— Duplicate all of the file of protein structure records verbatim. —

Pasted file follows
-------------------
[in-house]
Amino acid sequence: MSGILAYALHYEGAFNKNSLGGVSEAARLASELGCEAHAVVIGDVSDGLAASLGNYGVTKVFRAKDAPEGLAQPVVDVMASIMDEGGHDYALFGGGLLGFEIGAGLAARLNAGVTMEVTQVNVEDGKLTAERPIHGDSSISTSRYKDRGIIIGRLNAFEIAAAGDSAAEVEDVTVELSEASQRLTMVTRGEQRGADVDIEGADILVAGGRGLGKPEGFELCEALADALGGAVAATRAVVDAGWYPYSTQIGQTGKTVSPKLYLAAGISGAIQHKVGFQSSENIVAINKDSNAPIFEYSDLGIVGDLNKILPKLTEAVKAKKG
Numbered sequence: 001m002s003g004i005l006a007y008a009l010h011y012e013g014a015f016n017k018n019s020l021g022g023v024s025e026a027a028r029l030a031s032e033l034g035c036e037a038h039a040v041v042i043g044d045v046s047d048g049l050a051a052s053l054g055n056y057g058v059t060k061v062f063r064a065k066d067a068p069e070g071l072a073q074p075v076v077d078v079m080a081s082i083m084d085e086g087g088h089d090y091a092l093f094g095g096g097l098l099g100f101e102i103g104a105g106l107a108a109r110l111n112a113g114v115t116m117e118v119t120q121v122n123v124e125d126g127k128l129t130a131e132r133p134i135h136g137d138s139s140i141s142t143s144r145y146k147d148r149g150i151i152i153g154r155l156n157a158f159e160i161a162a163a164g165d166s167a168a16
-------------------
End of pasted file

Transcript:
[in-house]
Amino acid sequence: MSGILAYALHYEGAFNKNSLGGVSEAARLASELGCEAHAVVIGDVSDGLAASLGNYGVTKVFRAKDAPEGLAQPVVDVMASIMDEGGHDYALFGGGLLGFEIGAGLAARLNAGVTMEVTQVNVEDGKLTAERPIHGDSSISTSRYKDRGIIIGRLNAFEIAAAGDSAAEVEDVTVELSEASQRLTMVTRGEQRGADVDIEGADILVAGGRGLGKPEGFELCEALADALGGAVAATRAVVDAGWYPYSTQIGQTGKTVSPKLYLAAGISGAIQHKVGFQSSENIVAINKDSNAPIFEYSDLGIVGDLNKILPKLTEAVKAKKG
Numbered sequence: 001m002s003g004i005l006a007y008a009l010h011y012e013g014a015f016n017k018n019s020l021g022g023v024s025e026a027a028r029l030a031s032e033l034g035c036e037a038h039a040v041v042i043g044d045v046s047d048g049l050a051a052s053l054g055n056y057g058v059t060k061v062f063r064a065k066d067a068p069e070g071l072a073q074p075v076v077d078v079m080a081s082i083m084d085e086g087g088h089d090y091a092l093f094g095g096g097l098l099g100f101e102i103g104a105g106l107a108a109r110l111n112a113g114v115t116m117e118v119t120q121v122n123v124e125d126g127k128l129t130a131e132r133p134i135h136g137d138s139s140i141s142t143s144r145y146k147d148r149g150i151i152i153g154r155l156n157a158f159e160i161a162a163a164g165d166s167a168a16